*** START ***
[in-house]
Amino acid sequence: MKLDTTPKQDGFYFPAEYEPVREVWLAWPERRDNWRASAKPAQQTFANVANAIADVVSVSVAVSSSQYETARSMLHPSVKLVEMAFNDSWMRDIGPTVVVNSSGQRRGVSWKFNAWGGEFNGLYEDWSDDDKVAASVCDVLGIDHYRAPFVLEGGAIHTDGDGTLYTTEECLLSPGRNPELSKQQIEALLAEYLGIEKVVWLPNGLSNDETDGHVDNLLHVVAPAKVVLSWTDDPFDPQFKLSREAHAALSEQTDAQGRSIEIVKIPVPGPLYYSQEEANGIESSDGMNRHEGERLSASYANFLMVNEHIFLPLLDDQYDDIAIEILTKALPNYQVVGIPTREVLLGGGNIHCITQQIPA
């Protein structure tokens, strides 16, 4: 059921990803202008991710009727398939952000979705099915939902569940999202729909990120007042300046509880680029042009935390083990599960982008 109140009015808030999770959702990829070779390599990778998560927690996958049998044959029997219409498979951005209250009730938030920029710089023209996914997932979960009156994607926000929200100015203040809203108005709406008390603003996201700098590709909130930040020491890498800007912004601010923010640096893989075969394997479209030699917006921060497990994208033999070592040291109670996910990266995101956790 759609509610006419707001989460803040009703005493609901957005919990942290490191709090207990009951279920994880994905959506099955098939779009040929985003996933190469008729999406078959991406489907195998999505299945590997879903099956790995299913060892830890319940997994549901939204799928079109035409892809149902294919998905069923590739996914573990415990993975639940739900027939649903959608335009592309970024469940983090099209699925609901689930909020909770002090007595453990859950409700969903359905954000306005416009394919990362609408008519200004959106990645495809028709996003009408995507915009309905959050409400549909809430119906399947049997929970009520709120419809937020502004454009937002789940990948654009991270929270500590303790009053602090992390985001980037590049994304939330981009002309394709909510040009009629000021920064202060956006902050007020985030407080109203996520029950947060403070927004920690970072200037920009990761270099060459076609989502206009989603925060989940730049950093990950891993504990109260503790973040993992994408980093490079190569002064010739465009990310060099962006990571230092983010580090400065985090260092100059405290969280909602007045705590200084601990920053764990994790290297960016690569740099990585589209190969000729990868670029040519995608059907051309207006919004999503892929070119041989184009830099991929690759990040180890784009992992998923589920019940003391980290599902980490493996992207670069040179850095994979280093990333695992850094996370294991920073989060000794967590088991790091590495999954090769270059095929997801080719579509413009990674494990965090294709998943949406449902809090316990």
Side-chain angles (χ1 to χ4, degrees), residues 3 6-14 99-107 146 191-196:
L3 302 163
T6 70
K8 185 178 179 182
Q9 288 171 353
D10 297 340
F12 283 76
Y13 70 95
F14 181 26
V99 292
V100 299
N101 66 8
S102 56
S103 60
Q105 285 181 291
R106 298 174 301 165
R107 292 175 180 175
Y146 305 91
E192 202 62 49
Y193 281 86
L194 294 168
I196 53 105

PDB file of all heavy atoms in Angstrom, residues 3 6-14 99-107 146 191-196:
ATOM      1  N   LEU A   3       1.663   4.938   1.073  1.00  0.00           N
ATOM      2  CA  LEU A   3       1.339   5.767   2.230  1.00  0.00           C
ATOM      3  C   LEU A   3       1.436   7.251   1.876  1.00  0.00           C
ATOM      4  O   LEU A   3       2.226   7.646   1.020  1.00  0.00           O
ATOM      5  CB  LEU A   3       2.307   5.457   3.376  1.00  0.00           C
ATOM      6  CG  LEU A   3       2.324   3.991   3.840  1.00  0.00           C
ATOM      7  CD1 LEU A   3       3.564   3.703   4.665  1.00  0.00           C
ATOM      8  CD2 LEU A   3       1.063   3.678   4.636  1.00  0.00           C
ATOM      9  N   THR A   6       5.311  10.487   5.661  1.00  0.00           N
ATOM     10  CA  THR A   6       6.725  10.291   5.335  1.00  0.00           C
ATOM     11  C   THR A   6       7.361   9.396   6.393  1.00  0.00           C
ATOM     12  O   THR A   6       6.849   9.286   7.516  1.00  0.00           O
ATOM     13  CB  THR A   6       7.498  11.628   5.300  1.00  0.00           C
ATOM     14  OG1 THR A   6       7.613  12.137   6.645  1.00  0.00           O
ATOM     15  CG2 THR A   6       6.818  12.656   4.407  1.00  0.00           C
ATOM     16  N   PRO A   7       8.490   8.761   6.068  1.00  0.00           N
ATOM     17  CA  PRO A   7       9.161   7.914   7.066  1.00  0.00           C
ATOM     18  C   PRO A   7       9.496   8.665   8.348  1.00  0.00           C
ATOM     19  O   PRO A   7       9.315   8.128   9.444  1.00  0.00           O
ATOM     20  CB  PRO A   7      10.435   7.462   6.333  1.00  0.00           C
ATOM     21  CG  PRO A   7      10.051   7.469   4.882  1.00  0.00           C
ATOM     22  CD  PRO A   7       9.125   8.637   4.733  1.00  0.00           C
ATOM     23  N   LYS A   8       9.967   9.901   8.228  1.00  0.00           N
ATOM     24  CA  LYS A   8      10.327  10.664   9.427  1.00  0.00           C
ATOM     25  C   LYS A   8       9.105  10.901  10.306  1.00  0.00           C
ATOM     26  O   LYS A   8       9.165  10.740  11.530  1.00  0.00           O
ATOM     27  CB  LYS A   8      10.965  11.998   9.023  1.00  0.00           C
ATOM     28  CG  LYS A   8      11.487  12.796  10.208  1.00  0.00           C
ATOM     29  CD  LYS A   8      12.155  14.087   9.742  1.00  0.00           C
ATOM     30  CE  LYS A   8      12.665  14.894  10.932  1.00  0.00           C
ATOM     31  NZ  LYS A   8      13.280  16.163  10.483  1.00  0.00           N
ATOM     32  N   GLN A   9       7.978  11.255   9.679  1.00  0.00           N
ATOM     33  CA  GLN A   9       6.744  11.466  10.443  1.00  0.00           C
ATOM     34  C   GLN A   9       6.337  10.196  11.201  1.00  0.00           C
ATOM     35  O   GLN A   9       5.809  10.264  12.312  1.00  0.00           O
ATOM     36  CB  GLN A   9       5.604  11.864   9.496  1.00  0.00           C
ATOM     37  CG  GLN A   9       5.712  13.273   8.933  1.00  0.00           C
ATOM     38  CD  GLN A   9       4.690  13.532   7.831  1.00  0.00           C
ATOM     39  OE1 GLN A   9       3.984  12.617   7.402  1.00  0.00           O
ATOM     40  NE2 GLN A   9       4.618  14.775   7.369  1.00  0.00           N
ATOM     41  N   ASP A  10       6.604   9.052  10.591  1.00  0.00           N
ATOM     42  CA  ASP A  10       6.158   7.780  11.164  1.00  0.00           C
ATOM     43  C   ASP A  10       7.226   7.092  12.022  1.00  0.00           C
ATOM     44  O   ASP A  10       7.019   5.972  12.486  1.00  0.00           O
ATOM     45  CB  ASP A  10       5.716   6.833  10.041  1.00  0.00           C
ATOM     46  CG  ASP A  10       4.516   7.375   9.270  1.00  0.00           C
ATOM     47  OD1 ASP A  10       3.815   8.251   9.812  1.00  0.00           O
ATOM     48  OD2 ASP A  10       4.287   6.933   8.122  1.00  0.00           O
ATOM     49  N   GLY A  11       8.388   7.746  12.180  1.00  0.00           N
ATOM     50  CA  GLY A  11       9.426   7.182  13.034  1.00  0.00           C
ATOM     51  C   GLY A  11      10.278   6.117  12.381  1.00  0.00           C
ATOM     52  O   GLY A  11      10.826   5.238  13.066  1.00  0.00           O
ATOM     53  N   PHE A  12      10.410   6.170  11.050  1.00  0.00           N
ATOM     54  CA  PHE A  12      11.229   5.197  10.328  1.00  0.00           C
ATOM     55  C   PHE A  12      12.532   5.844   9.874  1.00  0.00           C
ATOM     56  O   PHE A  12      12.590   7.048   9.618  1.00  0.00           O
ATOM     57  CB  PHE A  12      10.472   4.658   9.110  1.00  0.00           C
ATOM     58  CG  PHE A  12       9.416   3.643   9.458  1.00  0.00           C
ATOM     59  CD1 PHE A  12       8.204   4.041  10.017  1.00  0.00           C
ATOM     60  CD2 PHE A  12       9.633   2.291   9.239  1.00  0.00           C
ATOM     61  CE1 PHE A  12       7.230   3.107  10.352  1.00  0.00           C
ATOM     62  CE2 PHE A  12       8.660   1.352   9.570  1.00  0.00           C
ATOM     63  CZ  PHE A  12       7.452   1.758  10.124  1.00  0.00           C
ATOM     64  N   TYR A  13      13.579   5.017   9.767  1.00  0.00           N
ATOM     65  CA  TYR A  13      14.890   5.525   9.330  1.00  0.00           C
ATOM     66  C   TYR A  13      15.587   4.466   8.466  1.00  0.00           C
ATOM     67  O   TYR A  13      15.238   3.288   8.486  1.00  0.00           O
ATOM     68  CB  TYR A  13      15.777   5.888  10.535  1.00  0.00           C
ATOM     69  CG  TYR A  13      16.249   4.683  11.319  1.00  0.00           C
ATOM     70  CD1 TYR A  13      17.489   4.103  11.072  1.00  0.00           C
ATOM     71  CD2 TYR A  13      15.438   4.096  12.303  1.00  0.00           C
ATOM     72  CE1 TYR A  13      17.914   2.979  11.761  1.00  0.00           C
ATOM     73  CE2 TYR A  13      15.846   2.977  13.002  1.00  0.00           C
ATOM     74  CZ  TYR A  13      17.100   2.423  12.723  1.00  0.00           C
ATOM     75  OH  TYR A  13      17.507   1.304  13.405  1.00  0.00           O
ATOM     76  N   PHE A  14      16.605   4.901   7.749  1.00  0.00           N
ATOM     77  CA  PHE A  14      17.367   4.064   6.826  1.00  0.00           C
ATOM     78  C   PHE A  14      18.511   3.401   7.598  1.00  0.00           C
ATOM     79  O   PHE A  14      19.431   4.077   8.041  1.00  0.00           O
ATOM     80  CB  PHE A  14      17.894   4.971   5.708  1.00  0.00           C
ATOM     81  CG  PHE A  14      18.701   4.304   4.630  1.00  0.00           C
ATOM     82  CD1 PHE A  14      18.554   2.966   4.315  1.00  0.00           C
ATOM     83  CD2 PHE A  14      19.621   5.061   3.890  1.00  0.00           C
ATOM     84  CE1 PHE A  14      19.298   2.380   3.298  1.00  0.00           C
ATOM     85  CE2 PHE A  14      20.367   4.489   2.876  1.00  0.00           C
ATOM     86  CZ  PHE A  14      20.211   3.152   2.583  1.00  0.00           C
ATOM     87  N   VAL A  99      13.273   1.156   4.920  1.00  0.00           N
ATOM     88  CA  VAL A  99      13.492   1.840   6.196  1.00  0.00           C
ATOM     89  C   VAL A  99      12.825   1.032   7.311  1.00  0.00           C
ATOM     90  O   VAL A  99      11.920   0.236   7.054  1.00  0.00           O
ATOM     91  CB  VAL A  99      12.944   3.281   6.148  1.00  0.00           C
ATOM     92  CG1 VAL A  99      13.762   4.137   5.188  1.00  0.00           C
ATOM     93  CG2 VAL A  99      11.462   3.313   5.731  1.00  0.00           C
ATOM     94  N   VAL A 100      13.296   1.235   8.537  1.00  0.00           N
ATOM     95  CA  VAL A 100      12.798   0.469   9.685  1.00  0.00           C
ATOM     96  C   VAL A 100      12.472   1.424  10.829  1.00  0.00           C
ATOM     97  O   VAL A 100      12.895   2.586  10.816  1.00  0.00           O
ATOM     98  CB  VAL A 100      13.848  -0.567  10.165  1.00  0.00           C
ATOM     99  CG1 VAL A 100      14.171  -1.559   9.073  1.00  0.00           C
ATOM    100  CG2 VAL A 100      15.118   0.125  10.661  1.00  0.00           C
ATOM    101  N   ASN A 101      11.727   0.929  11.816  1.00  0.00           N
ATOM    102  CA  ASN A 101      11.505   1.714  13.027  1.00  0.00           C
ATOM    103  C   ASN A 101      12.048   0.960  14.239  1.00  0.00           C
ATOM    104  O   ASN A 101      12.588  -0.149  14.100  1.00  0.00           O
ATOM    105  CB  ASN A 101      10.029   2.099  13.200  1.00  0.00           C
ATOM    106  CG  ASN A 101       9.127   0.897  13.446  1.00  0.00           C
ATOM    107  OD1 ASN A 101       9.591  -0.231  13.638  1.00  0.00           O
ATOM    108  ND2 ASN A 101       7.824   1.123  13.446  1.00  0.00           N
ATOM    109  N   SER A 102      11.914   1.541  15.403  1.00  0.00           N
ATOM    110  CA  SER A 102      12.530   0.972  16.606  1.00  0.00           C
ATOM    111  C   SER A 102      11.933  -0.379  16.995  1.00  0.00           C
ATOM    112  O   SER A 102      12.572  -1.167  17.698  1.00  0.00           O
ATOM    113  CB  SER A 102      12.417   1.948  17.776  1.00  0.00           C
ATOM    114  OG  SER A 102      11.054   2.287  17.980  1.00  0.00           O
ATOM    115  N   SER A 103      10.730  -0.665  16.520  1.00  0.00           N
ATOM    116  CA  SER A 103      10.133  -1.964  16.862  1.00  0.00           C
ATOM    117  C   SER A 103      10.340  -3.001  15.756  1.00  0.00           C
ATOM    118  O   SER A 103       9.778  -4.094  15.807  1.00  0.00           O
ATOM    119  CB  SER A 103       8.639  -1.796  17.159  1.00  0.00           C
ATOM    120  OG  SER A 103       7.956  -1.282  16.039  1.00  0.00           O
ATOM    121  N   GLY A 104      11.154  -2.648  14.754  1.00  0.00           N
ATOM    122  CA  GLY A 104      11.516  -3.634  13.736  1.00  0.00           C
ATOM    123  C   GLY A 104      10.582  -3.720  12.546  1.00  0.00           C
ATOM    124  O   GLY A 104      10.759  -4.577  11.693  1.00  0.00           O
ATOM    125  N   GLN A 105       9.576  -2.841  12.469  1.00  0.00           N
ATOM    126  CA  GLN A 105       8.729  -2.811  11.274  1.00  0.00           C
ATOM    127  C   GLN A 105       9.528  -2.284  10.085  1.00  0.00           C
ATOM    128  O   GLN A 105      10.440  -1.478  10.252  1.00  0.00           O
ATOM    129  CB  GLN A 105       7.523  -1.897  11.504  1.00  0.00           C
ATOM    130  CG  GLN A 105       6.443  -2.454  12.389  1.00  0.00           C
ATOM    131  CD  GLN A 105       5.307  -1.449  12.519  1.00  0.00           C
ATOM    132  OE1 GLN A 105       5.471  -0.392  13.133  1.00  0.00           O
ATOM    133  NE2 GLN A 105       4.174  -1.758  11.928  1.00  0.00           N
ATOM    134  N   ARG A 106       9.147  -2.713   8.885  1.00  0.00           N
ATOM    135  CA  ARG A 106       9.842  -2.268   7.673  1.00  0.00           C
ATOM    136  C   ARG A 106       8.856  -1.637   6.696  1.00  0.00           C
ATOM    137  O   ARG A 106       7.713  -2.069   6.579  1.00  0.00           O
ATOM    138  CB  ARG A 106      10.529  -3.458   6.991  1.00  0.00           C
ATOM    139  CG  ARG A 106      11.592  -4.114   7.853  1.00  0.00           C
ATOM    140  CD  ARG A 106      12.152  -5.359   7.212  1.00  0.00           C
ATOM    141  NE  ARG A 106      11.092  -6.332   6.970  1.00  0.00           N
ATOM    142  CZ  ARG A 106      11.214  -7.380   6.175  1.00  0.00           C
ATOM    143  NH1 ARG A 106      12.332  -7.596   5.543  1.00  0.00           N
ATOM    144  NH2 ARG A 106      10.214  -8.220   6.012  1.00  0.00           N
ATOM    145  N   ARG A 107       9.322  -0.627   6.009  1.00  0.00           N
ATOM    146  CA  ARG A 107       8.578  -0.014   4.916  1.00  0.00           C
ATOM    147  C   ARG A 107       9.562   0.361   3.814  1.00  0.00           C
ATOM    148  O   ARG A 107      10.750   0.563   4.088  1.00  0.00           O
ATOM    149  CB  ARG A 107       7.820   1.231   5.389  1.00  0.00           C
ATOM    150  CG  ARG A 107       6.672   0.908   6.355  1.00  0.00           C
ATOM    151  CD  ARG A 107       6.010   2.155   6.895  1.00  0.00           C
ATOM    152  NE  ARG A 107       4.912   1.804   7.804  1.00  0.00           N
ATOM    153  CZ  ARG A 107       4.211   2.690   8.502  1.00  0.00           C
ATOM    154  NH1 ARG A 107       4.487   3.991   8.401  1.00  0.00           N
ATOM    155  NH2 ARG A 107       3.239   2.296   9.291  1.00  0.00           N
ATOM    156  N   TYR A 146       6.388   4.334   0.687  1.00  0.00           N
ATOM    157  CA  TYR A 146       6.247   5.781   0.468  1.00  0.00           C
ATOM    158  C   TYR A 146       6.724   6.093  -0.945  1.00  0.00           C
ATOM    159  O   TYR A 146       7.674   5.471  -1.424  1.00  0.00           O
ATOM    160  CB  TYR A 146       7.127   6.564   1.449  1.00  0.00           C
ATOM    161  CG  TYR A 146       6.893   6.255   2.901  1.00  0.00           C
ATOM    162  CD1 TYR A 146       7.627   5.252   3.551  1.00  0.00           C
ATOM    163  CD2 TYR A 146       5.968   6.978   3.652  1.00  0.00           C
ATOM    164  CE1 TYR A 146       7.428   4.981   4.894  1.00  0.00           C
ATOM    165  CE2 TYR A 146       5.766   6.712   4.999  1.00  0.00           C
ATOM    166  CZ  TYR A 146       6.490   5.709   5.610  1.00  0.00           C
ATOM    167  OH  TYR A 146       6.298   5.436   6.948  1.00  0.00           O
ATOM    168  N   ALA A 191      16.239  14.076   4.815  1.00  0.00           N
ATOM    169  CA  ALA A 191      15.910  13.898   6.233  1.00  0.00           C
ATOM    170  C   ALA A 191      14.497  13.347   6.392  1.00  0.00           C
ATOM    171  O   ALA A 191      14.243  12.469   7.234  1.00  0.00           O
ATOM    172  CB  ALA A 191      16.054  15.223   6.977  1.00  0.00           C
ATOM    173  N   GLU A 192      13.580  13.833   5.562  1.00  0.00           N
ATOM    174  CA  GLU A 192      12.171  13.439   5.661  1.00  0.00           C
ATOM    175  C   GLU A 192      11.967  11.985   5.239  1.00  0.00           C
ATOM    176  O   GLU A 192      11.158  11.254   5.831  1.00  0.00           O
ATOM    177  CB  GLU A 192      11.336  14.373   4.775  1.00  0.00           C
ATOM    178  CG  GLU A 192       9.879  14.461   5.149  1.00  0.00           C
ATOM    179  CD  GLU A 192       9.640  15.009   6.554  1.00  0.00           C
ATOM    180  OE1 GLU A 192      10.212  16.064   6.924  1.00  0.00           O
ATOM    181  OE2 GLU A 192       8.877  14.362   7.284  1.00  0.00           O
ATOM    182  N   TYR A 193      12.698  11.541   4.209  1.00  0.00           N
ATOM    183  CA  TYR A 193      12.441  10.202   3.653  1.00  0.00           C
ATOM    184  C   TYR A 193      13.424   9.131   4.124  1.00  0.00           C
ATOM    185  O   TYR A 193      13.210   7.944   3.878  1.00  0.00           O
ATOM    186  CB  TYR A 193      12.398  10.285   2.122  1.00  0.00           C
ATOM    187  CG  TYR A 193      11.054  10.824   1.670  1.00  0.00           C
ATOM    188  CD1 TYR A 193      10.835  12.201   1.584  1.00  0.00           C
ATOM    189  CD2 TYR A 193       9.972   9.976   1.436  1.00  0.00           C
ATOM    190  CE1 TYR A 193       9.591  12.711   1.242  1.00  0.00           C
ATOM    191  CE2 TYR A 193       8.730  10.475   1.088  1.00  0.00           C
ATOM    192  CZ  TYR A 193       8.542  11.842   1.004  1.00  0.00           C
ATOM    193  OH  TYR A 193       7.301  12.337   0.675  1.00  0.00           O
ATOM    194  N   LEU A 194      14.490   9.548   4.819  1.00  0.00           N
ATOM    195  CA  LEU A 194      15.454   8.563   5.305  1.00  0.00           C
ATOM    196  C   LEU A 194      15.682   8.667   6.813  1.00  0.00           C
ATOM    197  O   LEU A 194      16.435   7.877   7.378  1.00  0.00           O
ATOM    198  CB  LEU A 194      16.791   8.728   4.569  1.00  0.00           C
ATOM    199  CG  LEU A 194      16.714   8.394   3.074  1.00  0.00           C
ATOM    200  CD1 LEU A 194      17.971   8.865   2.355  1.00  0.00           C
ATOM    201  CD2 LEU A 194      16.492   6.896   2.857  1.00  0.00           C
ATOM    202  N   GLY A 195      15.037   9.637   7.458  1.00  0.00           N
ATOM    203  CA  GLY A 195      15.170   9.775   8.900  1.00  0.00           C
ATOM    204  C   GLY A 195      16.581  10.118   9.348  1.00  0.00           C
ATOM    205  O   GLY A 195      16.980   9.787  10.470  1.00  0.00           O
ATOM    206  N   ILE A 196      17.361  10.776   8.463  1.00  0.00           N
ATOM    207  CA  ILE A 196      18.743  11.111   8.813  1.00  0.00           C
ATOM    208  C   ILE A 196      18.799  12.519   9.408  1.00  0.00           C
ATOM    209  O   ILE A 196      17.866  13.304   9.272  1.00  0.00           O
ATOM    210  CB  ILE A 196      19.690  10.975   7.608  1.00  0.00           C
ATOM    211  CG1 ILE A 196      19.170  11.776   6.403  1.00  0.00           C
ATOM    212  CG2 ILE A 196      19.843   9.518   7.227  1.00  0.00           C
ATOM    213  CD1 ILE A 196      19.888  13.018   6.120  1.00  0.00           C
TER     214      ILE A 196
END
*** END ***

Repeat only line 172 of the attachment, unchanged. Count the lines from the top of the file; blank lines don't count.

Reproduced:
ATOM    146  CA  ARG A 107       8.578  -0.014   4.916  1.00  0.00           C